Opera Philadelphia’s deafening “Black Lodge” mix upends world premiere

Mon Oct 03, 2022 at 1:13 pm

Timur performs with accompanying video in the live world premiere of David T. Little’s Black Lodge at Opera Philadelphia. Photo: Steven Pisano

Festival O22, a fortnight of performances and film screenings presented by Opera Philadelphia, came to a close Sunday. In the evening was the second and final performance of David T. Little’s Black Lodge, a new opera given its world premiere at the Philadelphia Film Center. Created first in 2021 as a film, this new production featured live performers accompanying a screening of the film under dramatic lighting.

Gothic horror stories have long provided operatic thrills, from Weber’s Der Freischütz and Wagner’s Flying Dutchman to Britten’s The Turn of the Screw and Birtwistle’s The Minotaur. The goal of Anne Waldman’s verbose libretto here is to evoke the worlds of more recent horror writers, including Antonin Artaud’s theater of cruelty, David Lynch’s Twin Peaks (which gave Little the opera’s title), and the drug-addled tales of William S. Burroughs.

Spoiler alert: the story does not make a whole lot of sense, told as it is in a sort of hallucinatory loop of flashbacks and dream vistas. It follows a man we are told is a writer: he wears a suit and has a typewriter. The man, at the end of a night of drinking and heroin use, shot and killed a woman he loved (something that actually happened to Burroughs). In a vivid waking nightmare, the man relives the guilt of this act, tormented in a cycle of bizarre images and scenes.

In a pre-performance talk, Little said that the opera combined all of his musical interests, as a musician who is both a classical composer and a drummer. He was inspired by the voice of Timur, the star of this performance and the leader of a glam rock band called Timur and the Dime Museum, to create the daunting part of The Man. For the opera’s grueling 70-minute duration, Timur’s voice was put through its many colors: baritonal growls, tender countertenor falsetto, and raucous tenor shriek.

The violent sounds of heavy metal, from a jump scare-inducing opening blast, signified the writer’s horror at his own murderous act. Timur and the Dime Museum—Hannah Dexter on bass, Andrew Lessman on drums, Matthew Setzer on guitar, and Milo Talwani on keys and electronics—gave this driving music a nauseating edge. At the loudest moments, the volume of the amplification was simply painful (blame sound designer Garth MacAleavey, who should dial it back for those of us who still need our hearing).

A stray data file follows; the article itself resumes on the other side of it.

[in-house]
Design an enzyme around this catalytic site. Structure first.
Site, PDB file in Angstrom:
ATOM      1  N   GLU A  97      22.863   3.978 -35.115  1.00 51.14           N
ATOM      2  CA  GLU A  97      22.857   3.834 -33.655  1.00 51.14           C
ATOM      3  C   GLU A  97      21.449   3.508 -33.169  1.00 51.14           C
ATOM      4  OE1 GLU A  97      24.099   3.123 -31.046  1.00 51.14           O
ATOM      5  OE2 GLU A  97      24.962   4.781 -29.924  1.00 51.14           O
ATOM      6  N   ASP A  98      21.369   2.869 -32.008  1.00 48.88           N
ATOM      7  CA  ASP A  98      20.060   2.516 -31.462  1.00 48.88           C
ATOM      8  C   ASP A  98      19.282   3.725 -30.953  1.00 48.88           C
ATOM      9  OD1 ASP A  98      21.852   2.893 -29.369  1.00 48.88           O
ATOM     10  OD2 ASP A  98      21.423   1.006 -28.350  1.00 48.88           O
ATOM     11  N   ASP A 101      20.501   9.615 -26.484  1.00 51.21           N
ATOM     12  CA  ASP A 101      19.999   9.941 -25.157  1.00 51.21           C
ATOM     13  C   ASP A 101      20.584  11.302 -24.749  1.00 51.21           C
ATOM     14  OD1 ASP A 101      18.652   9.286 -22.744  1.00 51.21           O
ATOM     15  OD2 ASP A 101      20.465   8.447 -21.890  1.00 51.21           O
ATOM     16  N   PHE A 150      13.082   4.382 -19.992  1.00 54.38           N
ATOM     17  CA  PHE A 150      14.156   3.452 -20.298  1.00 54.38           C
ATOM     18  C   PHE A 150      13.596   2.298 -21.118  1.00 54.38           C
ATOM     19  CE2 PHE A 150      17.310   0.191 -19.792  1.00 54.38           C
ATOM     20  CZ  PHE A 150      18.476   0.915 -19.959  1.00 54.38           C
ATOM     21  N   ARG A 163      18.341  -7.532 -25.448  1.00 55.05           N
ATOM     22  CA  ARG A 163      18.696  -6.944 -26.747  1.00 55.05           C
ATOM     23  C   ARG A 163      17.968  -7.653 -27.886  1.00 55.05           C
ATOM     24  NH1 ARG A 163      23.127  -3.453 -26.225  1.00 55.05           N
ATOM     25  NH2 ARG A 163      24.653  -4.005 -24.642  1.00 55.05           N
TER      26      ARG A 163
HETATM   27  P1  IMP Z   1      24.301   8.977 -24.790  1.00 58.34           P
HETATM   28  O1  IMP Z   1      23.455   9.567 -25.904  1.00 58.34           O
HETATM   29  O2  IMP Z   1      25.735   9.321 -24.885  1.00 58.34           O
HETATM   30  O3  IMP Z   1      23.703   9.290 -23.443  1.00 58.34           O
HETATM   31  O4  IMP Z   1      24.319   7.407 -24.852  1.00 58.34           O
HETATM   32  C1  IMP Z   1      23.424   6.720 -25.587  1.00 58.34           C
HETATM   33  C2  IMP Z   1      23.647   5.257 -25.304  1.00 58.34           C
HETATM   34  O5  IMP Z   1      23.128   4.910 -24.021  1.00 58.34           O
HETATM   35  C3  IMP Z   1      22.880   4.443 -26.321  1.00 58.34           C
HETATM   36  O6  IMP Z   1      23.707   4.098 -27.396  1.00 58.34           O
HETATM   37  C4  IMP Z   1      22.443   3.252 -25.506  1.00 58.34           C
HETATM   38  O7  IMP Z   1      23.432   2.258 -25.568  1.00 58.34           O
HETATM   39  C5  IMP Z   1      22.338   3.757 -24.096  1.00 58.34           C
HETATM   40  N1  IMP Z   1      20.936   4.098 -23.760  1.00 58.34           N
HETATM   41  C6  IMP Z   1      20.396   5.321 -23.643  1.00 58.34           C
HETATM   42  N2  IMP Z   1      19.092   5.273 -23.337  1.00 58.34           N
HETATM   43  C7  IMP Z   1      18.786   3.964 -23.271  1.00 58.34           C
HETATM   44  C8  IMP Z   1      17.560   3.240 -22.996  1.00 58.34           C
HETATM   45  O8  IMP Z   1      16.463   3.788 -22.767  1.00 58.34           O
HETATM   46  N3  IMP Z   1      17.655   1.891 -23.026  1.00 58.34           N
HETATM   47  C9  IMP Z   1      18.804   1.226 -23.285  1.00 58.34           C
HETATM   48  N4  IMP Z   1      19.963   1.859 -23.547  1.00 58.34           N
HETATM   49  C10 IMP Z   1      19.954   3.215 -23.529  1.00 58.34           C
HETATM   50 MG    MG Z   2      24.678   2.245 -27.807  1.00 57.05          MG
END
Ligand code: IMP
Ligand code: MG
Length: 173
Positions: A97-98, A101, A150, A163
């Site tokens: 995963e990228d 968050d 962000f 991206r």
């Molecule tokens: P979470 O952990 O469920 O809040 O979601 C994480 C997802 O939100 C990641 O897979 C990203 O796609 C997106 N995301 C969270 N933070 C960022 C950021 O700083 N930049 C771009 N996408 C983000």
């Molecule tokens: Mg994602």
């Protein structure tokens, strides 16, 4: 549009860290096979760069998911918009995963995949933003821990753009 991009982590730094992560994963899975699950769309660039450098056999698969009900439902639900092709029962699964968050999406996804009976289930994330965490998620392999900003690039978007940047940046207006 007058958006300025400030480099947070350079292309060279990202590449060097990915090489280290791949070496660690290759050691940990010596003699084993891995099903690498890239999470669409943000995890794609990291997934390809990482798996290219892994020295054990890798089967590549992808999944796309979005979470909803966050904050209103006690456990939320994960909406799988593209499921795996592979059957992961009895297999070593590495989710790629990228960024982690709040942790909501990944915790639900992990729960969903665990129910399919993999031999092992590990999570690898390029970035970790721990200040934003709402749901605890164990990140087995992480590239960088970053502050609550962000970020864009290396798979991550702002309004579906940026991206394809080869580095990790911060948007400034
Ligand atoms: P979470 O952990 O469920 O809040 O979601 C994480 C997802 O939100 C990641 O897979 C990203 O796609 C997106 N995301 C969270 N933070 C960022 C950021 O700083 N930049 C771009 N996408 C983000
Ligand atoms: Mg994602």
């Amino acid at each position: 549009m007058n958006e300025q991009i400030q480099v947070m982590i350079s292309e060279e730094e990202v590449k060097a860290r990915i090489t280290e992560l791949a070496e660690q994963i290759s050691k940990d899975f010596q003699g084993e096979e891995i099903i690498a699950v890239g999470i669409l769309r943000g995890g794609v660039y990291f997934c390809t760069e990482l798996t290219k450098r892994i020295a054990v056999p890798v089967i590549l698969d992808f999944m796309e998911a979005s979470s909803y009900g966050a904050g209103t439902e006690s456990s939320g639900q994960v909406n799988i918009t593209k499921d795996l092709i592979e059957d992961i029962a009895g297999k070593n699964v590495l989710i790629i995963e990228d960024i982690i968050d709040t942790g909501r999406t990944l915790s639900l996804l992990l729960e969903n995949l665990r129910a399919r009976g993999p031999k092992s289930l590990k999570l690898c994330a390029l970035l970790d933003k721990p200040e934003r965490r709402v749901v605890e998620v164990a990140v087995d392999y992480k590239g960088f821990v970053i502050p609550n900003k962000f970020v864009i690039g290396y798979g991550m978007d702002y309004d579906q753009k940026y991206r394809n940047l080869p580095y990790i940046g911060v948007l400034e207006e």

For contrast, especially in happier memories, Little turned to a string quartet, played in the film by the Isaura String Quartet. The Opera Philadelphia String Quartet—violinists Luigi Mazzocchi and Elizabeth Kaderabek, violist Yoshihiko Nakano, and cellist Jennie Lorenzo—were impossible to hear most of the time, even amplified. Their sound came out only in softer arias like “My childhood was,” as they accompanied the Man’s nostalgic recollection of his youth.

The work made one major misstep. At the moment when the gun was fired, the film (directed by Michael Joseph McQuilken and produced by Beth Morrison Projects) became an inane cartoon for a few minutes. All of the cumulative horror and creepiness, which should have come to a disturbing boil at this point, was instantly deflated. This sequence was less Artaud than 90s music video in its associations, turning to the kitsch, comic book side of the horror genre.

Anne Waldman’s libretto is scattershot, even though the librettist acknowledged in the pre-performance talk that she had written far more than Little ended up using. The work abounds in confounding imagery. A shiny green apple recalls the surrealist paintings of René Magritte. The otherwise unexplained appearance of a severed ear may have been inspired by Artaud’s infamous work on Van Gogh: both Artaud and Van Gogh were confined to asylums at various points in their lives.

The fractured duality of identity becomes a major theme. The Man sees himself as the Woman in several vignettes, being shot and then, with a bullet wound in his forehead, seated in a car. In another cartoonish touch, he cuts off one of his own fingers. The film comes to a striking climax, where the Woman appears at a bar in a sort of mirror image, becoming doubled and then folding back in on herself, in gestures echoed by the Man as he walks toward her.

To sync the live music to the film required all performers to follow a click track rather than having a conductor who could shape the work spontaneously. Unsurprisingly, this produced a mechanical feel in performance. Although required, to line up with recorded sounds from the film that were mixed with live sounds, this also added to the sense of desperate entrapment.

Little has created something innovative and disturbing, regrettably undermined at times by its own frivolity. Timur’s closing lines include the ostinato refrain, “All I want is out of here.” The feeling was mutual.

The film of Black Lodge, with its original sound, will be streamed on the Opera Philadelphia Channel, starting on October 21. operaphila.org

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